Author: SearchMyLocal | Last Updated: 12 Mar 2022
Silicone is one of the most common materials used around the home for renovation and home improvement projects. But, if you’re going into some renovation yourself and find that you need to remove old silicone from your tiles, you might be a bit confused on how to go about it. In this blog post, we give you some quick tips and tricks that should help you remove the silicone from tiles or other similar areas in your home. Keep reading to learn more!
Silicone is a type of adhesive that is commonly used in many different applications around the home. It can be used to lubricate, seal, provide insulation, or can even be used in installing items by acting as an adhesive. Silicone is elastic while it is liquid, and goes on to dry as a flexible and durable sort of rubber that also works as a highly-effective seal against water and moisture. Silicone can come in translucent varieties (the most common) or can be dyed to match the colour palette of the area you plan to apply it to.
Revisiting the silicone in your home isn’t only restricted to renovation projects, but it should also be done regularly to check that the silicone is still serving its purpose. It’s important to stay ahead of the potential damage caused by old or faulty silicone seals. Here are some common scenarios where you will likely need to remove old silicone in your home:
Integrity issues: In most cases, silicone is applied as a sealant to keep moisture from seeping into delicate or non-water-resistant areas of the home. If you notice that the silicone seal has started to peel away from the crevice or gap it is supposed to fill, it’s best to catch the problem early by removing the silicone and redoing it with a new layer. The same holds true if you notice that there are air or water leaks in areas you’ve installed silicone; these are meant to be water- and air-tight, so once it is not doing the job, you should replace the silicone immediately.
Health hazards: Unfortunately, silicone provides the perfect environment for mould to grow on, especially in wet or humid rooms like bathrooms. The mould is attracted to the constant moisture available on the silicone and, as a result, can grow on it. While you can try to clean the silicone with solutions like bleach or vinegar, it may be safer to remove the silicone altogether and replace it with a new coat to get rid of the mould.
Aesthetic reasons: Over time, silicone can yellow, discolour, or stain. When this happens, it might look unsightly, especially if you specifically intended for either a colour-matched silicone seal or a transparent one. If you cannot clean the sealant back to its original colour, it might be best to remove it and apply a fresh seal.
Replacement of fixtures: If you’re changing your sink, kitchen counter, shower, etc., you will have to remove the previous silicone sealant in order to install the new fixture.
If you know that you need to remove silicone from your tiles, you might be a little worried about how to do it. It can sound a little daunting at first, but despite silicone’s tremendous staying power, it is actually fairly easy to remove with the right tools and a little elbow grease. Keep reading to see the step-by-step guide!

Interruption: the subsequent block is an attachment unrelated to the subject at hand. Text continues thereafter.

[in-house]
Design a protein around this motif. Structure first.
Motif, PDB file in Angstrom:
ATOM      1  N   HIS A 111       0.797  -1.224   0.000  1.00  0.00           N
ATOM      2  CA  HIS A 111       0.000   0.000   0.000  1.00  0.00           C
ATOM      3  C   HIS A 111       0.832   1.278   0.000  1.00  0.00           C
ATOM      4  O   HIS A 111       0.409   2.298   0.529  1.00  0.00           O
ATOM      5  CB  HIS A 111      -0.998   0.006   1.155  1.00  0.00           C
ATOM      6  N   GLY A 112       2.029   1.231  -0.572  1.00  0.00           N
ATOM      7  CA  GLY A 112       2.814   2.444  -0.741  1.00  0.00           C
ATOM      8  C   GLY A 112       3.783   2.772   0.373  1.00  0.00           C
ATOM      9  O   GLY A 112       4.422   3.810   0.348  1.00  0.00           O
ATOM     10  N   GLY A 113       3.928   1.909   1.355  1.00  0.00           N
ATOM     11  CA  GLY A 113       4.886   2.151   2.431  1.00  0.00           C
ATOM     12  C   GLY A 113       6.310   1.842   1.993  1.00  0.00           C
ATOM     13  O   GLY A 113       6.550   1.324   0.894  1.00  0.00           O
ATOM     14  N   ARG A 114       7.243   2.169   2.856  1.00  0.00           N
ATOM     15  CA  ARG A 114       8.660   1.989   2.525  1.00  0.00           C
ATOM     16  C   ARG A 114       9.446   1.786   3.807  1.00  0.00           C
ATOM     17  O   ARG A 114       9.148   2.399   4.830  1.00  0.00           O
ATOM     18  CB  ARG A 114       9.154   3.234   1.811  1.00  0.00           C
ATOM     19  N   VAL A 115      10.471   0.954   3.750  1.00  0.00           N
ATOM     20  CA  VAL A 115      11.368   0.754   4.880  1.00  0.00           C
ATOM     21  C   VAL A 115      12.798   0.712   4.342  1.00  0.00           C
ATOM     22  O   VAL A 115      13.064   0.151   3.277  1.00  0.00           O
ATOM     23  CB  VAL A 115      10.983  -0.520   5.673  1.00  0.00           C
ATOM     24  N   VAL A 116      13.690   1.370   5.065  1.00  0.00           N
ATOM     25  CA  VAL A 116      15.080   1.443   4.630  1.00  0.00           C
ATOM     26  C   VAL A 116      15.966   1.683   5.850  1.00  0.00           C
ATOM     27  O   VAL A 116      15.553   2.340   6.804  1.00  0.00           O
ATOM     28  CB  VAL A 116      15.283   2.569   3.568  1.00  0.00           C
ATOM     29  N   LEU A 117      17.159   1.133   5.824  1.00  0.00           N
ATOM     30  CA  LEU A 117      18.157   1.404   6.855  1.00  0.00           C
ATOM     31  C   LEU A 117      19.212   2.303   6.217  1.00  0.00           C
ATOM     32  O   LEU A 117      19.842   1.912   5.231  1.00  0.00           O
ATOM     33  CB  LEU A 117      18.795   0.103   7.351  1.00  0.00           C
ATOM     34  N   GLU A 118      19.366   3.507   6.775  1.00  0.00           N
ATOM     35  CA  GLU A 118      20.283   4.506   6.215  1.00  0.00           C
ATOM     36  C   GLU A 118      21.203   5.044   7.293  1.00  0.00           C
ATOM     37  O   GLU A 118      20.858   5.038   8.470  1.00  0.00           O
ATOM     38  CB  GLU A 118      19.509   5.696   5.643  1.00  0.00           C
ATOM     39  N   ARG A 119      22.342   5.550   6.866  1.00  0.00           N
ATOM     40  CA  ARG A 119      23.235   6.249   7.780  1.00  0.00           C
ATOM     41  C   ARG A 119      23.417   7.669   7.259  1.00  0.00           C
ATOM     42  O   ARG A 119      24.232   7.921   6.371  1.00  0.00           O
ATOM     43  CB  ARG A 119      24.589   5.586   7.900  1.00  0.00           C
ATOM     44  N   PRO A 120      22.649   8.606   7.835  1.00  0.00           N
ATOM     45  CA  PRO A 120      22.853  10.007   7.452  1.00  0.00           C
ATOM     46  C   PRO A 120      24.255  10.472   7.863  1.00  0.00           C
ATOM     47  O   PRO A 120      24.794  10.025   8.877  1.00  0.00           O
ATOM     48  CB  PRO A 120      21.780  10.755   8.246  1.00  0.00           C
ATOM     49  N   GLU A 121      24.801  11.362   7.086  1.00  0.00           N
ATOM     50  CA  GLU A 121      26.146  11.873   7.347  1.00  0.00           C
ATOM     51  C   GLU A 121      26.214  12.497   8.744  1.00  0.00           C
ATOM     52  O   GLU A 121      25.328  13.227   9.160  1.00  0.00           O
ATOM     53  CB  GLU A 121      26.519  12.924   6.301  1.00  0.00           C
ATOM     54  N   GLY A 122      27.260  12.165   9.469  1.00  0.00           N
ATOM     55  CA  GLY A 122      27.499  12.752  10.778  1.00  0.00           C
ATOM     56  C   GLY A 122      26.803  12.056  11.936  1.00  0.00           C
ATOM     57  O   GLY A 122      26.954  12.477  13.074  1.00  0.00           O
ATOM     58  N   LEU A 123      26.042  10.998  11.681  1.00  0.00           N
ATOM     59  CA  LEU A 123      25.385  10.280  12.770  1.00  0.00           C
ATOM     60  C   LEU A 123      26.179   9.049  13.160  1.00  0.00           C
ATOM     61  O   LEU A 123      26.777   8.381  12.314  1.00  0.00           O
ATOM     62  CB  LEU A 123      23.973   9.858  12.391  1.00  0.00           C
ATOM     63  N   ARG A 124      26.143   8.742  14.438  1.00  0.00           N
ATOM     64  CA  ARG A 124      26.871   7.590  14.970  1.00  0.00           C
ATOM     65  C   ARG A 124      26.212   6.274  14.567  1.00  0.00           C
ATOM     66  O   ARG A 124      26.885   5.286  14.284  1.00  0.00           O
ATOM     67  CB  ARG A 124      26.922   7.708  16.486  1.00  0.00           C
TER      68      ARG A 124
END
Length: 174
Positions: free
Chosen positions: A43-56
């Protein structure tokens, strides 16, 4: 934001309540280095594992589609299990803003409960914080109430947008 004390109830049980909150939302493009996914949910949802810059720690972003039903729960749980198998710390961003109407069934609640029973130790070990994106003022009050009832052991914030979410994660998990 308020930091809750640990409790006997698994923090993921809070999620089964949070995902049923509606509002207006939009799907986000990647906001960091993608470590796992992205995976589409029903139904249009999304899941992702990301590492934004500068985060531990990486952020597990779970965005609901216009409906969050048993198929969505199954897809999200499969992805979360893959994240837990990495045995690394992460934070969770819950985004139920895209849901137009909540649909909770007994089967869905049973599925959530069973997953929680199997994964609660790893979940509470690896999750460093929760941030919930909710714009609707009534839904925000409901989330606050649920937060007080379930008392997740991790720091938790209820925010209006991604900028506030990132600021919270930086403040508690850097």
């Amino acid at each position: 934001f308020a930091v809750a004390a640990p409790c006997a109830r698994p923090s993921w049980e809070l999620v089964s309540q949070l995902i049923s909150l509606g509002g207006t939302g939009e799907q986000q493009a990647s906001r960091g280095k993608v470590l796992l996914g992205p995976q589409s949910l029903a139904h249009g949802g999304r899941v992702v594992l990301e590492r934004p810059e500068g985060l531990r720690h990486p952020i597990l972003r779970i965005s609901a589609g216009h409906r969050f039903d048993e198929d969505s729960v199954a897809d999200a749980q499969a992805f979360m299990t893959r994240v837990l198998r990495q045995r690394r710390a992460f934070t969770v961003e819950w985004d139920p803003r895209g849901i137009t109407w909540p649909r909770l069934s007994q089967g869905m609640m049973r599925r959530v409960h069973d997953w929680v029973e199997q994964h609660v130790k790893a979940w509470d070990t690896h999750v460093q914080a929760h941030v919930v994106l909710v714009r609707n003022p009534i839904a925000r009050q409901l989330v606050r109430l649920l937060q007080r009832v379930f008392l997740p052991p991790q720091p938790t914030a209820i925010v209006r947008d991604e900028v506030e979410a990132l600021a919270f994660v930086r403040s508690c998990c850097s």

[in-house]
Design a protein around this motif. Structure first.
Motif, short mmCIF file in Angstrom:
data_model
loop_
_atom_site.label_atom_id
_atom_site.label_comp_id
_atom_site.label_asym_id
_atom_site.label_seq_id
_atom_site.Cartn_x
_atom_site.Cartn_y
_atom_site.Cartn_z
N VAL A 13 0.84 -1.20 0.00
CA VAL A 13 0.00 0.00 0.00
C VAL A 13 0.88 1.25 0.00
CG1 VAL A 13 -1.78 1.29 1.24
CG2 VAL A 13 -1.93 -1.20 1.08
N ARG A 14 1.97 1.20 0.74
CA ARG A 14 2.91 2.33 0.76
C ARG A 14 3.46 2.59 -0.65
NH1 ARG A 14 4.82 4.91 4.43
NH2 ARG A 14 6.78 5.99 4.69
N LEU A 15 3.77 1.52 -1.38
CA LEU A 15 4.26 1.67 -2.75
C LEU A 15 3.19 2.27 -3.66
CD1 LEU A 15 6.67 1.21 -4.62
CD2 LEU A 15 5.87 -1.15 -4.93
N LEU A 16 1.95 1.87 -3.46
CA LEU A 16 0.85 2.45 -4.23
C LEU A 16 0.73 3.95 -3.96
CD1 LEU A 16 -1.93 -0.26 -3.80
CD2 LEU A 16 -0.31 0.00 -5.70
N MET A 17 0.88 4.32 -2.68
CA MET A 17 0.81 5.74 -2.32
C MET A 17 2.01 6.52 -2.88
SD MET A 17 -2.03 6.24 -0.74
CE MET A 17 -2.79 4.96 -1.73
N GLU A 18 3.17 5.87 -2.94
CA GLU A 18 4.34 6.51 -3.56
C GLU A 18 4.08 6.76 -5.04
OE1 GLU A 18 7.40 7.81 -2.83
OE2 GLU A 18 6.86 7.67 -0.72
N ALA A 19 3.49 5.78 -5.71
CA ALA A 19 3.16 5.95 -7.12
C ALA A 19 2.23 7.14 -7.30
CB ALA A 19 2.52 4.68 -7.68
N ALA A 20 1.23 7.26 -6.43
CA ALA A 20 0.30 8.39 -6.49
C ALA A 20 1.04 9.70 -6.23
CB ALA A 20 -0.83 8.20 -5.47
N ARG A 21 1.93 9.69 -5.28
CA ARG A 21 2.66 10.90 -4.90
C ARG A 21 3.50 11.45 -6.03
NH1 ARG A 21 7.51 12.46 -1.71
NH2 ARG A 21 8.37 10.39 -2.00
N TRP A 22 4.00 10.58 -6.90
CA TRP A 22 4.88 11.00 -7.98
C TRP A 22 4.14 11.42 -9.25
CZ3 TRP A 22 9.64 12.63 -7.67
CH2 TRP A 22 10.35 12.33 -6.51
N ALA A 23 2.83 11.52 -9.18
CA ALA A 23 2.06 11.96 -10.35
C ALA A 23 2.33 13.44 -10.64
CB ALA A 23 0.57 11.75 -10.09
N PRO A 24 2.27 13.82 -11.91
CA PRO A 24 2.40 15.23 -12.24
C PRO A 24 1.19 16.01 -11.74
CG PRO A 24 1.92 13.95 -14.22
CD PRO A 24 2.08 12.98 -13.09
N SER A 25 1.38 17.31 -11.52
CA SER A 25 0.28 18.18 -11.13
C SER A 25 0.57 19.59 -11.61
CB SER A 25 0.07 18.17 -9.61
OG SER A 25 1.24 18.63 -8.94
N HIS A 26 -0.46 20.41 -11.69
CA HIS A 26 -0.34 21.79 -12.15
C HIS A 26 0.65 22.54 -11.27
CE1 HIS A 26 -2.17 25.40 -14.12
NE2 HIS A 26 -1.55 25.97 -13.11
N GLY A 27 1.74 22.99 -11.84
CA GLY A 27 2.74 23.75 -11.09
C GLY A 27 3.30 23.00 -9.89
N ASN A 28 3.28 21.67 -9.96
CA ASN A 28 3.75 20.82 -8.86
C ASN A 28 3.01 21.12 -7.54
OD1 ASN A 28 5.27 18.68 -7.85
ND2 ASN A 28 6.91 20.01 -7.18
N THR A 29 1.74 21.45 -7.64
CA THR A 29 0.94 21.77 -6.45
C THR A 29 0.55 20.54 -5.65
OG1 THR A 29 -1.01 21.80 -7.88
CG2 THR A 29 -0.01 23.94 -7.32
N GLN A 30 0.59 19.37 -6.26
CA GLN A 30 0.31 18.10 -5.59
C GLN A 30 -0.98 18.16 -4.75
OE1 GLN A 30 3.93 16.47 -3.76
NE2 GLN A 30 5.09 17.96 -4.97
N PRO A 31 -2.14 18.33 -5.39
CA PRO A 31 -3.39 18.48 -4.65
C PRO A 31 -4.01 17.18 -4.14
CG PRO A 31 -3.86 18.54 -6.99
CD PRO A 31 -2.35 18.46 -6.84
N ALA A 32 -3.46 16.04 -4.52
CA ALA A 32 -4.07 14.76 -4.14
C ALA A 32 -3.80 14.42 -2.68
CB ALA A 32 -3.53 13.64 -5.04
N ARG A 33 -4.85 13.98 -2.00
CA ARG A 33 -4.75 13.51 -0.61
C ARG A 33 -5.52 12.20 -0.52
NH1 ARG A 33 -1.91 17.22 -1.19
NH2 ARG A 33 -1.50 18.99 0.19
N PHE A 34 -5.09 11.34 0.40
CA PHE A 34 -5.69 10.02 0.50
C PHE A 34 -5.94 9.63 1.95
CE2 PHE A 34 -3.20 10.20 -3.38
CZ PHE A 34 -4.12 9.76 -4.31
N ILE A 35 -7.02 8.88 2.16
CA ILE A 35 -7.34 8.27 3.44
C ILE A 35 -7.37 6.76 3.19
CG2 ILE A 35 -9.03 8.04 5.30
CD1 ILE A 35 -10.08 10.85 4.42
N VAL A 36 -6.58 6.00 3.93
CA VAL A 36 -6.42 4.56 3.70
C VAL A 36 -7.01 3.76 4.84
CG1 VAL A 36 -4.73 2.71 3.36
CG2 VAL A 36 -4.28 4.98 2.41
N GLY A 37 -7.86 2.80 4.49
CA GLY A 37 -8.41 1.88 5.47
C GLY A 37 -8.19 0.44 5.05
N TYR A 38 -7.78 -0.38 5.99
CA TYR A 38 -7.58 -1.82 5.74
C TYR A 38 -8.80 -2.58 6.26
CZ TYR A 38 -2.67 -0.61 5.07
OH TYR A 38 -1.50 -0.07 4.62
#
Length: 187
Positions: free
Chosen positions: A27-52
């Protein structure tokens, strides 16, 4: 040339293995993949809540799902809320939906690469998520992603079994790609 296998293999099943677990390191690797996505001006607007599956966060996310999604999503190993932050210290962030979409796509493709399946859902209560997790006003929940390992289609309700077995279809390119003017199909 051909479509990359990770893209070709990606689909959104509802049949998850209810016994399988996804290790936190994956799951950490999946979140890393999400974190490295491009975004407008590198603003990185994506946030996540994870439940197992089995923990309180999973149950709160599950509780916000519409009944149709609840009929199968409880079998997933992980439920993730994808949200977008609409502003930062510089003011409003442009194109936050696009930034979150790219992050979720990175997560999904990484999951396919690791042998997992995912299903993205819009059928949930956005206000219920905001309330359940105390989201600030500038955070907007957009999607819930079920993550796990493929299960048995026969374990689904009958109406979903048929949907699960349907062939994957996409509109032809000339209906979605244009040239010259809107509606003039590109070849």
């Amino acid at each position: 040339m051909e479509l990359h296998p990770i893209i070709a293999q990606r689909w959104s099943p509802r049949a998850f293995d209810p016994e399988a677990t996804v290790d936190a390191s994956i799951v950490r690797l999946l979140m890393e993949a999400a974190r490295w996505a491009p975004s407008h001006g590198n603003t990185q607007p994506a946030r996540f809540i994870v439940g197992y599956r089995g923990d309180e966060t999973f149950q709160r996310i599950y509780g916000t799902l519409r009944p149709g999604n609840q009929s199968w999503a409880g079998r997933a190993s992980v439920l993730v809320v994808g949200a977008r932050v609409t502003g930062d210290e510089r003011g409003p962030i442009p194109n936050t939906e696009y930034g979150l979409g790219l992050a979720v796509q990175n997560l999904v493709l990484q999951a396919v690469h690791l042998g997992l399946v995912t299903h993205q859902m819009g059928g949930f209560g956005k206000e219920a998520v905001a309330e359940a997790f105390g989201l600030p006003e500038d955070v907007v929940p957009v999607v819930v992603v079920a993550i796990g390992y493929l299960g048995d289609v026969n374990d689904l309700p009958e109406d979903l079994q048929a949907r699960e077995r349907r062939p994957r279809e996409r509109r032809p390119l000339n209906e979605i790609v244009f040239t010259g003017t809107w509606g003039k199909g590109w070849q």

You won’t need any fancy things to remove silicone. These are the basic tools you should have:
Move away any furniture or fixtures that could be blocking the area for removal. You’ll want to remove any items that could make it difficult for you to move around once you start removing silicone from the tiles. Keep your tools close by to minimise movement and potential spills or accidents in the area.
Wipe down the area near the sealant to ensure the surroundings are dry (also helps to avoid slips). For the sealant portion to be removed, wipe it down with a dry rag to remove any lingering moisture or dirt that could hamper the removal and refilling process.
Using your utility knife, run the blade along one side of the silicone sealant, applying enough pressure to ensure that you cut into the sealant itself. Do the same on the other side of the sealant. You can try to angle the second cut so that it can meet or be close to the depth of the first cut, which will essentially cut the silicone out like a “wedge” and make the removal much easier.
Once you’ve made the cuts, you can now pry away the silicone using your hands. Peel it away from the area, using your knife to assist you if it gets caught, or there are parts that are still whole and hard to rip off.
The previous few steps may remove not all the silicone. Some residue on the area is totally normal and can be removed with a bit more effort. Using your scraper or even chisel, scrape the silicone off using a back and forth motion. If possible, you can also use the knife’s blade to cut bits off, picking them up with your hands as you work away the rest of the remnants.
After removal, ensure that you dispose of the old silicone and the remnants in the correct bins. Silicone can clog drains and pipes if discarded improperly. If you find that there are still stubborn silicone remnants or very small pieces left, you can use a rag and methylated spirits to remove or “melt” away the rest of the silicone (a commercial solution can also be used). Make sure to wipe off as much of the solution as possible so that it doesn’t interfere with the replacement applications of silicone.